Russian MP accuses UK of trying to kill Sergei Skripal and compares Theresa May to Adolf Hitler

A Russian MP said Theresa May’s government was behind the attempt on Sergei Skripal’s life (Picture: Getty)

A Russian MP has claimed the UK government is behind the attack on Sergei Skripal and compared Theresa May to Adolf Hitler.

In an astonishing outburst on BBC Radio 4’s Today programme on Tuesday, Vitaly Milonov said the nerve agent attack in Salisbury was “fake news” and called the former Polish foreign minister with whom he was discussing the issue a “prostitute”.

The MP for the ruling United Russia party said of Theresa May’s government: ‘They had to make this fantasy, they had to kill or to try to kill this poor pensioner.

‘This is a drama for British TV.

‘It is the behaviour of Hitler. Of Hitler when he blames someone.’

Vitaly Milonov claimed the nerve agent attack was “fake news” (Picture: AP)

Discussing last week’s nerve agent attack, which left former Russian double agent Mr Skripal, 66, and his daughter, Yulia, 33, in hospital, Mr Milonov said: “It’s nothing to do with Russia.

“How can we respond to fake news? It’s nothing to do with Russian reality.

Theresa May speaking about the attack in the House of Commons on Monday (Picture: PA)

“We’ve been told that you think that a guy was imprisoned in Russia and was sent as a useless fake agent to you as an exchange in some spy drama, was killed, actually poisoned by some 50 years old Soviet-made gas.

“It’s not a story to discuss because we don’t have any agents that are not under the control of the special services.”


“This poison is 50 years old. It’s not modern stuff. You can create this poison from any laboratory in Ukraine or other fake countries that are happy to help you. I think this is something to deal with in theatre or a James Bond movie.”

Former Polish foreign minister Radek Sikorski, who was also part of the interview, said Mr Milonov is “not a real MP” because “there are no democratic elections in Russia”.

In response, Mr Milonov said: “I would like to give all my greetings to a former Polish politician and I should say that it’s not the deal of any Polish prostitute to make comments on Russian elections.

Investigators in protective clothing in Salisbury (Picture: PA)

“We don’t need any comments from Poland or any other small countries dependent on United States about our elections.”

He added: “Theresa May and her colleagues have created a fake story because they need an explanation to the British people and British business why they are going to perform some anti-British steps in favour of United States policy against Russia.”

It isn’t the first time Mr Milonov has caused controversy with his views.

In 2013, he said gay athletes should be arrested at the Sochi Winter Olympics and criticised Apple chief executive Tim Cook for his homosexuality.

An architect of Russia’s anti-gay laws, he said broadcaster Stephen Fry was “a sick person” because he tried to commit suicide.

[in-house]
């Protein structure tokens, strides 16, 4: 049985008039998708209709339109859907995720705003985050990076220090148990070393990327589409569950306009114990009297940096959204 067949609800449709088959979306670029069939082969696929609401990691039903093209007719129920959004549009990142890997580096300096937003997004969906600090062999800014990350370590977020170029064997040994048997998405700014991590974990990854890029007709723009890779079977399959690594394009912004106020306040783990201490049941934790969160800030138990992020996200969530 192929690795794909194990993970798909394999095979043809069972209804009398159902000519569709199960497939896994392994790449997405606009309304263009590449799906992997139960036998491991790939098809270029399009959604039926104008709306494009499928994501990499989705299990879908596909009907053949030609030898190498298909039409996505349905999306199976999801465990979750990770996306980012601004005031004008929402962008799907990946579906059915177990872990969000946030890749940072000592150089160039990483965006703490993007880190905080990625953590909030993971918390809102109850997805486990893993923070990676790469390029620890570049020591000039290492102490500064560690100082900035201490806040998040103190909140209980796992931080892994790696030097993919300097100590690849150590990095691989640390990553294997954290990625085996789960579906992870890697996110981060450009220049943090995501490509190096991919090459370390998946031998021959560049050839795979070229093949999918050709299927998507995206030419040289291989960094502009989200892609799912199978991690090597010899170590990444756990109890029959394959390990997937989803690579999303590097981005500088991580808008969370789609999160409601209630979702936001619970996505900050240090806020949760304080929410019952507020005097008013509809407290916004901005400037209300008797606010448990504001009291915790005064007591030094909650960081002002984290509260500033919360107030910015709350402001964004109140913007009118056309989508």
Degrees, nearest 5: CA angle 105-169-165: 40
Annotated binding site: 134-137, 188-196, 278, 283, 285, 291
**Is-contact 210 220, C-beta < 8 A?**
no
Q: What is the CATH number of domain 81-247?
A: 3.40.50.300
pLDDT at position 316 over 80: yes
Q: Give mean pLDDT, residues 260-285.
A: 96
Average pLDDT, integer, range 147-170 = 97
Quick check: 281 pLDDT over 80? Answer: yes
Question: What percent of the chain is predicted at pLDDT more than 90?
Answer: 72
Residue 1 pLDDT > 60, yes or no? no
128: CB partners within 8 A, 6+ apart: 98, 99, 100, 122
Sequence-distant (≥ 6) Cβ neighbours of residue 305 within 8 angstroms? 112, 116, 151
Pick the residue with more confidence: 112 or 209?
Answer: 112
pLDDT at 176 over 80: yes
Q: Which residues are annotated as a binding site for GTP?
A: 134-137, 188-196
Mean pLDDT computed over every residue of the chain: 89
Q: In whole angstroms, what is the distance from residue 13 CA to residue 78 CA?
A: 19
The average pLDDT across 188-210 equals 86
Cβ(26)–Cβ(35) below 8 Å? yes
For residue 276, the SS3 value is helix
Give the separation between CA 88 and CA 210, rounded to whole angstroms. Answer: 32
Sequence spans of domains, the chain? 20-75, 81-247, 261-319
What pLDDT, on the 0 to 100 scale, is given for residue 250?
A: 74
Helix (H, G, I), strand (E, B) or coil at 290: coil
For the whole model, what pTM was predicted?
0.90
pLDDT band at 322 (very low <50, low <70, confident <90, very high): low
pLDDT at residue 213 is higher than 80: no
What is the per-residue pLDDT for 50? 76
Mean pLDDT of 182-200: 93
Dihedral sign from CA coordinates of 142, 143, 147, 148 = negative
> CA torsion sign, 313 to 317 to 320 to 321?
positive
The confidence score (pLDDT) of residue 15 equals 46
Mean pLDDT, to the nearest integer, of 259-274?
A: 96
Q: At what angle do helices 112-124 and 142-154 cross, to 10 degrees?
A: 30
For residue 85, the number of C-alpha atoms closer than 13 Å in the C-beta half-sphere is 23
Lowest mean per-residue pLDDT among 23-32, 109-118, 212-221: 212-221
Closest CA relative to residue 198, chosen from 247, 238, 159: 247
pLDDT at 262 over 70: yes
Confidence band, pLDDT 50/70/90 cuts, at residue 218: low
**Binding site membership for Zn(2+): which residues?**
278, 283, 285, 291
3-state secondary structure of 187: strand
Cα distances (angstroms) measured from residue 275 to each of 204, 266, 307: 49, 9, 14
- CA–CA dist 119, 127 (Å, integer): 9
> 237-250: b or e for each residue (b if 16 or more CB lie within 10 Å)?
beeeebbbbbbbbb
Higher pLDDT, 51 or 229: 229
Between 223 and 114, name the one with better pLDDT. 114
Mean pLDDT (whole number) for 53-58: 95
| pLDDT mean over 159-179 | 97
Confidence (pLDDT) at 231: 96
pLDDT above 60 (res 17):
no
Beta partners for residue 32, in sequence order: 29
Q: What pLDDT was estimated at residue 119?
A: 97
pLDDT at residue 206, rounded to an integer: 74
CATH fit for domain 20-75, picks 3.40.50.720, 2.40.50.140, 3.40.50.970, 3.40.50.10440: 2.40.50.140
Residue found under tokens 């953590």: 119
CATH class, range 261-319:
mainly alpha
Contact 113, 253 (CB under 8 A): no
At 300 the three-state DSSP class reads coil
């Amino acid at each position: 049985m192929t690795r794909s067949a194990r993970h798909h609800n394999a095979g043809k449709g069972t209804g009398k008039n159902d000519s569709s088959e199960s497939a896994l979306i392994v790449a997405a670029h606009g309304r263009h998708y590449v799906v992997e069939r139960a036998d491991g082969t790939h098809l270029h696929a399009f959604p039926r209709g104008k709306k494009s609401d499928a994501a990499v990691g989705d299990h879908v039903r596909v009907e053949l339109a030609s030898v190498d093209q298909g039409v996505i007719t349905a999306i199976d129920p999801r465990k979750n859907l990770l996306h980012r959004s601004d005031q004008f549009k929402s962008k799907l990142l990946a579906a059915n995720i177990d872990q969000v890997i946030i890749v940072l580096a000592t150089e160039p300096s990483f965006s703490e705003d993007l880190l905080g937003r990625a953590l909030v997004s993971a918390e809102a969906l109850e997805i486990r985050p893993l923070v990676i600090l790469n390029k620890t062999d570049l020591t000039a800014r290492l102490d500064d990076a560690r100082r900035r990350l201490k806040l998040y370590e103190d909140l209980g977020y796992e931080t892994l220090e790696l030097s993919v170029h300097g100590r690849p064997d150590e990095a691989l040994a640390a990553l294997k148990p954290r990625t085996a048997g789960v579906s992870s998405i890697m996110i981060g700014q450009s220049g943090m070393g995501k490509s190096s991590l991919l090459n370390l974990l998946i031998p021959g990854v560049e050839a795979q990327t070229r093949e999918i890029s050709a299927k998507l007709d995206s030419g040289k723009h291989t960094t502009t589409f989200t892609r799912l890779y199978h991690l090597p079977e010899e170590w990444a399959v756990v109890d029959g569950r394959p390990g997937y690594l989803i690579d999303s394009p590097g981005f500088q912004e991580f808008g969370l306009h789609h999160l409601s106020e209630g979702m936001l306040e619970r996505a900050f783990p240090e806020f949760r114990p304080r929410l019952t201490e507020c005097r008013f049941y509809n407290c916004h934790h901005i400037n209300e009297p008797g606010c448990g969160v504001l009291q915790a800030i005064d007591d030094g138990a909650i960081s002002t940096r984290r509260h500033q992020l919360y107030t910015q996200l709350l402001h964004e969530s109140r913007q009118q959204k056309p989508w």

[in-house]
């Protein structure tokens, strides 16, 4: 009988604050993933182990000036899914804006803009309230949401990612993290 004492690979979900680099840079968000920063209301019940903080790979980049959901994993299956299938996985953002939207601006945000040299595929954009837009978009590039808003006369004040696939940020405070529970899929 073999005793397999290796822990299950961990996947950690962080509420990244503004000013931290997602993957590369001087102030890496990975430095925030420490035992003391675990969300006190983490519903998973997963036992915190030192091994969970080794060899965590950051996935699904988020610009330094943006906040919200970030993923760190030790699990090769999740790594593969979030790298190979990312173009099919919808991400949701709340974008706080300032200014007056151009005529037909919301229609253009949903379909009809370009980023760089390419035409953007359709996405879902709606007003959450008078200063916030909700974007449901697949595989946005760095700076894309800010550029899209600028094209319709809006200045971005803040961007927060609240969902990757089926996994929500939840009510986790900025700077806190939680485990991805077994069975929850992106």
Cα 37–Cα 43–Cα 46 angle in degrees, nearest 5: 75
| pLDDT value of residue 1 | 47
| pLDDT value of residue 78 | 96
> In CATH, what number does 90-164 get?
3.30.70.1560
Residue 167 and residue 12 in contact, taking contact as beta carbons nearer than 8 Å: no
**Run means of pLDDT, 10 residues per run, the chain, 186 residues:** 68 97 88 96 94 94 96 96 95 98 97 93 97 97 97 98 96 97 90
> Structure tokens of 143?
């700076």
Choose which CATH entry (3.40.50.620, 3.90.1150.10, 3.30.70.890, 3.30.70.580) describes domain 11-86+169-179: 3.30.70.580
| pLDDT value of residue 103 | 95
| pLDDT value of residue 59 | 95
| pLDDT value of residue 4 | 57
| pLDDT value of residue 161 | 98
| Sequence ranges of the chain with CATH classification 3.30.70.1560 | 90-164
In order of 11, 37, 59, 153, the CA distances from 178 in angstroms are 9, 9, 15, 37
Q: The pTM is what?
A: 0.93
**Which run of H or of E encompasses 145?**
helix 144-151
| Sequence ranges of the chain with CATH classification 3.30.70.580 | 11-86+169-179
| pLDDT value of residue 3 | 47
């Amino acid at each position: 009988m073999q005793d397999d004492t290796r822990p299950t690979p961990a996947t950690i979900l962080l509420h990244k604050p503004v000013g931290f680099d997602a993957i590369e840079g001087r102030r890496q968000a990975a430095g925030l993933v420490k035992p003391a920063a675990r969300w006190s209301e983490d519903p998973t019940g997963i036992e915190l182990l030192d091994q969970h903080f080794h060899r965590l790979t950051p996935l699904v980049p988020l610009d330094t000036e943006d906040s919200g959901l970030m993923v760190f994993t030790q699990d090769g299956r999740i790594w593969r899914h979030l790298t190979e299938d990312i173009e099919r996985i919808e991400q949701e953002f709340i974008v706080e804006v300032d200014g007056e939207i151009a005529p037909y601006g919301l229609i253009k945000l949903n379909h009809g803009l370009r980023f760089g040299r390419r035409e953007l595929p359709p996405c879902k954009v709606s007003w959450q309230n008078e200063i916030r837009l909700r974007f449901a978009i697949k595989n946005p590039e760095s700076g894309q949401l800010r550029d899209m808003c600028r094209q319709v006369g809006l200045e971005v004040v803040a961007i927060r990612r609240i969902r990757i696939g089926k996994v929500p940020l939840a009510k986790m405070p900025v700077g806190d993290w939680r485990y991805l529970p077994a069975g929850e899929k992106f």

Mr Fry interviewed the Russian politician in 2013. Mr Milonov said of homosexuality: “It is a shame and it is a sin but it is a personal choice.

“It is not normal but a person cannot be punished in Russia for being homosexual, or to live with a dog, with a horse, with a sheep, whatever.”

Mrs May has given the Russian government until the end of Tuesday to provide an explanation about the nerve agent attack.

Russian president Vladimir Putin has so far dismissed questions about the Skripals.

When he was confronted during an election campaign visit, he told the BBC: “Get to the bottom of things there, then we’ll discuss this.”

Russia’s foreign ministry mocked Mrs May over her conclusion that it was “highly likely” Moscow was responsible for the nerve agent attack.

Sergei Skripal and his daughter Yulia remain in hospital (Picture: Rex)

In a post on Twitter, the ministry’s official account used the hashtag #HighlyLikelyRussia – which has been used on social media as the basis of jokes for things to blame Moscow for.

The ministry of foreign affairs’ message said “sincere thanks to Mrs May for #HighlyLikelyRussia” along with a video suggesting the country was to blame for the recent snow to fall in the UK.

The message came as the ministry – through its ambassador in London Alexander Yakovenko – faced a midnight deadline to explain how military-grade Russian nerve agent came to be used in the Salisbury incident.

The Kremlin has denied responsibility and Moscow’s response has been to appear to taunt the UK.

Kirill Kleymenov, a presenter on Russian state TV, advised “traitors” against moving to Britain, adding: “Something is wrong there. Maybe it’s the climate, but in recent years there have been too many strange incidents with grave outcomes there.”

And another prominent broadcaster, Dmitry Kiselyov, suggested that the UK may have been behind the poisoning of the former double agent.

As a source, Mr Skripal was of little value, but “as a poisoning victim he is very useful” to harden British attitudes against Russia, he said.